Early Phase Clinical Trials in Lung Cancer at the CRCTU

Dr Laura Crack

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Lung cancer is a devastating and very common healthcare problem. Lung cancer is the biggest cause of cancer death in the UK, accounting for more than one in five cancer deaths and is the second most common cancer in both men and women. Recent campaigns such as the plain packaging campaign aim to reduce the numbers of people smoking, particularly targeting children and young adults. Whilst these campaigns targeting environmental and lifestyle factors are crucial to reducing incidence of lung cancer, new and more effective treatments are urgently needed to increase the chances of surviving this devastating disease.

The Cancer Research UK Clinical Trials Unit (CRCTU) has designed and run many clinical trials for both main types of lung cancer (small cell and non-small cell lung cancer) patients over the past 2 decades. A good example of this is in small cell lung cancer (SCLS), the STOMP Trial, which is investigating the safety and activity of a drug (Olaparib) which prevents cancer cells from repairing damage to their DNA; by inhibiting a molecule called PARP. This trial, led by Professor Penella Woll, is actively recruiting patients around the country. The STOMP trial is due to run for another year and will be asking if Olaparib can be used as maintenance therapy for people with SCLC, whether it can increase the length of time people live with the disease and can it be used as maintenance therapy for SCLC.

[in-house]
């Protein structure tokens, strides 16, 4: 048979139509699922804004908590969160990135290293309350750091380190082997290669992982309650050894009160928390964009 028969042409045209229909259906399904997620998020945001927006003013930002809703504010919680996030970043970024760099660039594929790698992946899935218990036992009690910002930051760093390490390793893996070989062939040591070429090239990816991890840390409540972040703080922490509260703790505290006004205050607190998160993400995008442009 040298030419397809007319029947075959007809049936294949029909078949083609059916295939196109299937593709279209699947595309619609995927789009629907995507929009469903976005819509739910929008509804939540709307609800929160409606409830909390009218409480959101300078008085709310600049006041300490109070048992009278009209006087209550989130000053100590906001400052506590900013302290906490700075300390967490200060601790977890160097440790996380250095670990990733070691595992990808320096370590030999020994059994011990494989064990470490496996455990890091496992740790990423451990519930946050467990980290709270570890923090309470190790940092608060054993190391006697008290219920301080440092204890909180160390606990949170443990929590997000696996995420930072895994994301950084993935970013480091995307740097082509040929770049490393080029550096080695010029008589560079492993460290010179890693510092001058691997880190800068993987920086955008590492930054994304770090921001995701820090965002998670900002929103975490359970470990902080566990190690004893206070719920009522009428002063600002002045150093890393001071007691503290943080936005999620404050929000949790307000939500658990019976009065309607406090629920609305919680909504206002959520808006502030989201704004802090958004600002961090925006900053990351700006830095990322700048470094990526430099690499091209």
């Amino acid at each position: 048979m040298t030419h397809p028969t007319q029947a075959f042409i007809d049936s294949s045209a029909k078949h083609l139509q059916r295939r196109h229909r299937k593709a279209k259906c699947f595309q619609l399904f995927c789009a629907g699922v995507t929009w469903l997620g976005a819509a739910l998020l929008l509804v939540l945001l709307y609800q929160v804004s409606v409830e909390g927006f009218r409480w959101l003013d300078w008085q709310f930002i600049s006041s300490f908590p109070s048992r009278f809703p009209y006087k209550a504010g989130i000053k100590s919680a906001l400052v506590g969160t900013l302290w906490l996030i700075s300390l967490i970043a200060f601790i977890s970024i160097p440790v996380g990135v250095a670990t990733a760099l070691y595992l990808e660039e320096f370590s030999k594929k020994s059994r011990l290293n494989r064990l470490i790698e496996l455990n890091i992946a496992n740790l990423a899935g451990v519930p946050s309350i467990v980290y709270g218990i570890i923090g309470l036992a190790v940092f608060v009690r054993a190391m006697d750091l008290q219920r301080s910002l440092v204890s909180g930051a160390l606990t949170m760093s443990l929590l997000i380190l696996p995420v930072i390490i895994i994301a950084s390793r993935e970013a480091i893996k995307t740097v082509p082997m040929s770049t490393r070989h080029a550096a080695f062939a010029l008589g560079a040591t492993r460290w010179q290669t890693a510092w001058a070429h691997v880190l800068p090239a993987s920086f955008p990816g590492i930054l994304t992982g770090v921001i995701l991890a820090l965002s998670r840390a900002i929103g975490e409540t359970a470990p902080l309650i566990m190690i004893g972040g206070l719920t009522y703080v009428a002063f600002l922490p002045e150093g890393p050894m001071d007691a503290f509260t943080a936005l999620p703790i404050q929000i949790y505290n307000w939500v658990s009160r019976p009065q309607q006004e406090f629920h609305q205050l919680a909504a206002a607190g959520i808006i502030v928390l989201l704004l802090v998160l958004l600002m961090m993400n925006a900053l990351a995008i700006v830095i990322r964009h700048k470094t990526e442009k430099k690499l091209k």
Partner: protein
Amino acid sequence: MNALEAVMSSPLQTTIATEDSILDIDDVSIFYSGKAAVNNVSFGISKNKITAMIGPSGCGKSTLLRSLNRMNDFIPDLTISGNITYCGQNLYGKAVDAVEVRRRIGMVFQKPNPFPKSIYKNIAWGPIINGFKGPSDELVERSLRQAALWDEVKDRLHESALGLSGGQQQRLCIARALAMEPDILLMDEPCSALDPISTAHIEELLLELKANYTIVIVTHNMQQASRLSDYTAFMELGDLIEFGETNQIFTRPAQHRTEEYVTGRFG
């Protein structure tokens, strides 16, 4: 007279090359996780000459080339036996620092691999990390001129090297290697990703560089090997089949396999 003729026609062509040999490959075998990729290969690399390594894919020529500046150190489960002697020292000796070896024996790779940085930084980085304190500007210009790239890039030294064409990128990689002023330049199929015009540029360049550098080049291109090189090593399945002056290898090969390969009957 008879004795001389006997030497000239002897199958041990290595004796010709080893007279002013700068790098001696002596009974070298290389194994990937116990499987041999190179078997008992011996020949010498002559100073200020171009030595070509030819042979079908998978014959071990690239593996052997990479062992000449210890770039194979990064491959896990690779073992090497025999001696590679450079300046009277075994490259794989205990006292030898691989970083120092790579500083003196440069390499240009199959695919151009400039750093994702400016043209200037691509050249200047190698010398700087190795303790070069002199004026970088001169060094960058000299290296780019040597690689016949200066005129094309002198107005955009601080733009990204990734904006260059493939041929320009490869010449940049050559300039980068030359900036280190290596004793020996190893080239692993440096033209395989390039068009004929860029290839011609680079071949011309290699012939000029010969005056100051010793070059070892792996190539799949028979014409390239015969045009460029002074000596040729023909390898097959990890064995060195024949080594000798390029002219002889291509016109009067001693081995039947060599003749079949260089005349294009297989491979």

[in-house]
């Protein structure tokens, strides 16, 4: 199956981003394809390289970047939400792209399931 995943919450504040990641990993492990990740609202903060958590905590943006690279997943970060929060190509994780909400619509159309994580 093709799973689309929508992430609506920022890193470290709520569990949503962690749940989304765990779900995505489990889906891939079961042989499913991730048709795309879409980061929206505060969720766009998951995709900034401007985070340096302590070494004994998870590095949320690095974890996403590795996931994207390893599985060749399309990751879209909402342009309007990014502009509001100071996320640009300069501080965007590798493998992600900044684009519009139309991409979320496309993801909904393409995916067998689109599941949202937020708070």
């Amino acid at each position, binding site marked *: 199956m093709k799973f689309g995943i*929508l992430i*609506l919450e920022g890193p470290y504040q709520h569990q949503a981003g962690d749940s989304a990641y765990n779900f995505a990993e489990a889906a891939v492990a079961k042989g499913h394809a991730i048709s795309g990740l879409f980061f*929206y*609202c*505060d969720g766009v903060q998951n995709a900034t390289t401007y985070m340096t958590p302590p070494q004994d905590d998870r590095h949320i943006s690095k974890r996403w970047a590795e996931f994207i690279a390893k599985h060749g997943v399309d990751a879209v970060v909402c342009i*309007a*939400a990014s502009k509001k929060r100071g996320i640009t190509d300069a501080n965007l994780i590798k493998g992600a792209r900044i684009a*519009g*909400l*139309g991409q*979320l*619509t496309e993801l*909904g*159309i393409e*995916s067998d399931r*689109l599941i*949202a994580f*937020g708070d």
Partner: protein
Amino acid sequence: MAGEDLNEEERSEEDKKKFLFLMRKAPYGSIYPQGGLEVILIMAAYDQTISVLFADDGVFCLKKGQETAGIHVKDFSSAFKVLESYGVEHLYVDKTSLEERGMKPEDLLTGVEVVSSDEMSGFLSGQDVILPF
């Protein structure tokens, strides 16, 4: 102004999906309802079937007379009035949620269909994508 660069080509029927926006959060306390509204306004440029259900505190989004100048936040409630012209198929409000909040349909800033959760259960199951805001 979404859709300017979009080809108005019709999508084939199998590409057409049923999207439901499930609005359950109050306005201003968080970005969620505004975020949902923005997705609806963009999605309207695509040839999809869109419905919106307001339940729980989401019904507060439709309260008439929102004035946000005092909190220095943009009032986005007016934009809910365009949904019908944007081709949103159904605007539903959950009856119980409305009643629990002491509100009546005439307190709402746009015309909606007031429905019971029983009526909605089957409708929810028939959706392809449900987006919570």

Because of this expertise, the CRCTU and the University of Birmingham’s Gary Middleton, Professor of Medical Oncology, have been selected to lead on the National Lung Matrix trial; a joint initiative between the University of Birmingham, Cancer Research UK with pharmaceutical partners AstraZeneca and Pfizer. This trial will utilise an existing network of Experimental Cancer Medicine Centres (ECMCs) across the UK to deliver a plethora of drugs to lung cancer patients. Patients will be stratified according to genetic abnormalities in their cancer. This information will be generated in phase 2 of Cancer Research UK’s Stratified Medicine Programme, which was launched in April this year. The trial is due to open to recruitment later in 2014. Once open the National Lung Matrix trial will see cancer treatment moving towards the promise of personalised medicine where a patient’s treatment is guided by the individual genetic make-up of their cancer.

This advancement has been made possible through the Cancer Research UK Stratified Medicine Programme which has looked to establish a network for nationwide molecular testing that will form a vital platform to launch future targeted treatments. Colleagues in Birmingham have been acting as a technology hub for the stratified medicine programme and are in an excellent position to help inform this new stage of cutting edge early phase clinical trials.

TraxerX is another exciting example of the rapidly developments in personalised medicine for lung cancer patients across the country. Researchers in Birmingham are working with nationwide colleagues to further their understanding of lung cancer, how it adapts and responds to treatment along with where its Achilles heels are.

A new era is dawning and Lung Cancer researchers and clinical teams are pushing boundaries to change the devastating effects of a lung cancer diagnosis. Birmingham’s CRCTU is working collaboratively with many leaders in the field to ensure that effective developments reach patients faster.

Dr Laura Crack is EDD Team Leader in the School of Cancer Sciences at the University of Birmingham.

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